I think Eisenhower said it best when it comes to plans and planning. I think this also holds true for Business Continuity and Disaster Recovery planning. Without a proper process in place to support the organization in the event of some manmade or natural disaster, a company’s ability to maintain and continue business operations would almost surely be impacted.
In my experience, many companies have a BC/DR plan in place; however, fewer companies have a plan in place that get the attention they require in order to remain effective and relevant. All too often, plans and the procedures and policies that support the plan become outdated. New systems are not added to the plan. New locations are an afterthought and not part of the global plan and people’s contact information changes, all of which affect an organization’s ability to respond and support business functions in the event of a crisis situation. Another major area that is often lacking in a solid BC/DR plan is making sure that all critical processes and business functions are accounted for. This is critical to a plans success.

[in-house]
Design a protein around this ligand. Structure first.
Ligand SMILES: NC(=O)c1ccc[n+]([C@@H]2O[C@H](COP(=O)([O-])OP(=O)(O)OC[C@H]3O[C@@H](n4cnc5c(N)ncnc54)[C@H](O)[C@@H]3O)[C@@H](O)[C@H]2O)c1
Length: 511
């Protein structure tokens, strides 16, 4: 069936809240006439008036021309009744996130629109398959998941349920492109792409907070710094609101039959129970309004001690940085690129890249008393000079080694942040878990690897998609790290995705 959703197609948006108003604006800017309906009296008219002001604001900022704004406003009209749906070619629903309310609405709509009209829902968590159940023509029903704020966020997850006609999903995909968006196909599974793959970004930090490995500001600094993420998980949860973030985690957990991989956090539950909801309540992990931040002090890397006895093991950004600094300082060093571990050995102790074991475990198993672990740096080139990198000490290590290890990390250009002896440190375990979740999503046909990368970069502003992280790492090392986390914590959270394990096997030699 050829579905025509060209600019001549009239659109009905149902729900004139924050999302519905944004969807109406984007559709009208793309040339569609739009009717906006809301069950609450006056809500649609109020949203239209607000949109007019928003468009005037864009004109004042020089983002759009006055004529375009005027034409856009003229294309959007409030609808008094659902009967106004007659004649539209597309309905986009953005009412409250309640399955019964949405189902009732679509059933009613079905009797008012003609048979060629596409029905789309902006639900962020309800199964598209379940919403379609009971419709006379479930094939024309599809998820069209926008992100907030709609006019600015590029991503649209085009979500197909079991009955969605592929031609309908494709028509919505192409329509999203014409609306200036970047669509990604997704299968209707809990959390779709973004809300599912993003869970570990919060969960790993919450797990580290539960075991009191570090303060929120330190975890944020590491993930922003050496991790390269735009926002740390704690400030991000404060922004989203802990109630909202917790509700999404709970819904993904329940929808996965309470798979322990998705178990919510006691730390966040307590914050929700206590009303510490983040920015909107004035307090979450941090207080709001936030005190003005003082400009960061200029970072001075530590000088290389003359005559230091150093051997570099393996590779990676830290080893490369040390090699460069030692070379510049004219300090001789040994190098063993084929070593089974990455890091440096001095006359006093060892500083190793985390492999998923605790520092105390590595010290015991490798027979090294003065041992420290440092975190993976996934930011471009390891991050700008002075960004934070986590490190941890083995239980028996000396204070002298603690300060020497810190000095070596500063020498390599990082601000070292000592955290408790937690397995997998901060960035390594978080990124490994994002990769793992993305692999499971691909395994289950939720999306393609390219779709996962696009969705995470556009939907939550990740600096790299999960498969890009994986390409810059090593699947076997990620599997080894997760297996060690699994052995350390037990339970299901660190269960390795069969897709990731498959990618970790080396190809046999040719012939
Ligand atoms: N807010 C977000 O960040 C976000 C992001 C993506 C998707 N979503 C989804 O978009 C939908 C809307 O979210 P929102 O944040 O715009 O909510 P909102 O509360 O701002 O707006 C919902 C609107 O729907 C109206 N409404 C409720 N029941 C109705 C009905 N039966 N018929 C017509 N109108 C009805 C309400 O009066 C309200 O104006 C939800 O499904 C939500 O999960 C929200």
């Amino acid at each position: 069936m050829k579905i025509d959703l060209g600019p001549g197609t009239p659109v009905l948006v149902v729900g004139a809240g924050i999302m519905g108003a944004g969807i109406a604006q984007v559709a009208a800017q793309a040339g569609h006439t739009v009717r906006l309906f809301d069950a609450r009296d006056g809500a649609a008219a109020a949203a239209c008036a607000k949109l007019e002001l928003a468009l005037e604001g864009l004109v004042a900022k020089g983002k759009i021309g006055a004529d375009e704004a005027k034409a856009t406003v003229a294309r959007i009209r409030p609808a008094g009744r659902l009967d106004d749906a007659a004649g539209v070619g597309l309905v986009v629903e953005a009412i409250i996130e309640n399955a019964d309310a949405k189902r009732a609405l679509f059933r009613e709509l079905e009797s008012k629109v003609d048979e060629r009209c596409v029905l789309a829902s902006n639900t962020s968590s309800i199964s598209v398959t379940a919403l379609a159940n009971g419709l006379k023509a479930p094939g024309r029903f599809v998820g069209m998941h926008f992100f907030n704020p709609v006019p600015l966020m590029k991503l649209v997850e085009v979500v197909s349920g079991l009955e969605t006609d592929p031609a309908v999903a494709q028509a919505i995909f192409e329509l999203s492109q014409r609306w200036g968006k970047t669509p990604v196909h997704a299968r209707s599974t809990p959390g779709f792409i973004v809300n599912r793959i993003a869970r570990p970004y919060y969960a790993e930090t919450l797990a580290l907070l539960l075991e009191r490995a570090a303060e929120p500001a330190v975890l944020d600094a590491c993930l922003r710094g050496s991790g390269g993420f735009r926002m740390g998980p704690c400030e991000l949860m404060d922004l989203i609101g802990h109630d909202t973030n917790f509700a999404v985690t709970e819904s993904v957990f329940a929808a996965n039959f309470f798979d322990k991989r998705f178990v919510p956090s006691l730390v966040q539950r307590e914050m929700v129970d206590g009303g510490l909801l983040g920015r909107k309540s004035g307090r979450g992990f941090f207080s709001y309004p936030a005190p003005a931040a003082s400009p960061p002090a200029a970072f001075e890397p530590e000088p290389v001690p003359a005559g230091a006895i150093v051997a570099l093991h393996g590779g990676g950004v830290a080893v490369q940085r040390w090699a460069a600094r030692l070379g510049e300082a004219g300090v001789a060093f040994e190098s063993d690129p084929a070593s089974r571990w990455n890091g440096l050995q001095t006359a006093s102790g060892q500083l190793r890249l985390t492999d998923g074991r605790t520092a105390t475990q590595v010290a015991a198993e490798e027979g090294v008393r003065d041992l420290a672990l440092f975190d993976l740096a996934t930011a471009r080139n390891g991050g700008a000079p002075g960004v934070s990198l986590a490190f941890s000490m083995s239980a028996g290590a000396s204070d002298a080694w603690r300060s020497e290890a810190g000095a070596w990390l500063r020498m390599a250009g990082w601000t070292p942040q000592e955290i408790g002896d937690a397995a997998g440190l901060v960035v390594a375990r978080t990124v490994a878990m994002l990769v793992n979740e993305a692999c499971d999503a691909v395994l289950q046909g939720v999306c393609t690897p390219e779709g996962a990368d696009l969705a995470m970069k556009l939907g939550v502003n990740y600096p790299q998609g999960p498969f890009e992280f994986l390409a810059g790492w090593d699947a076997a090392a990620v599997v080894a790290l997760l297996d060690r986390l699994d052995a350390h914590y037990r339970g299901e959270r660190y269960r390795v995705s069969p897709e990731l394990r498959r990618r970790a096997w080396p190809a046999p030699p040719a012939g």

Good intentions are always there, but good intentions can only get you so far. So, although plans are nothing without good planning, a solid plan is the byproduct of excellent planning and execution. Companies need to invest time and resources in conducting a thorough Business Impact Analysis and Risk Assessment. After that, the pieces should fall into place.
Tim Trow is a Senior Security Consultant at Zensar.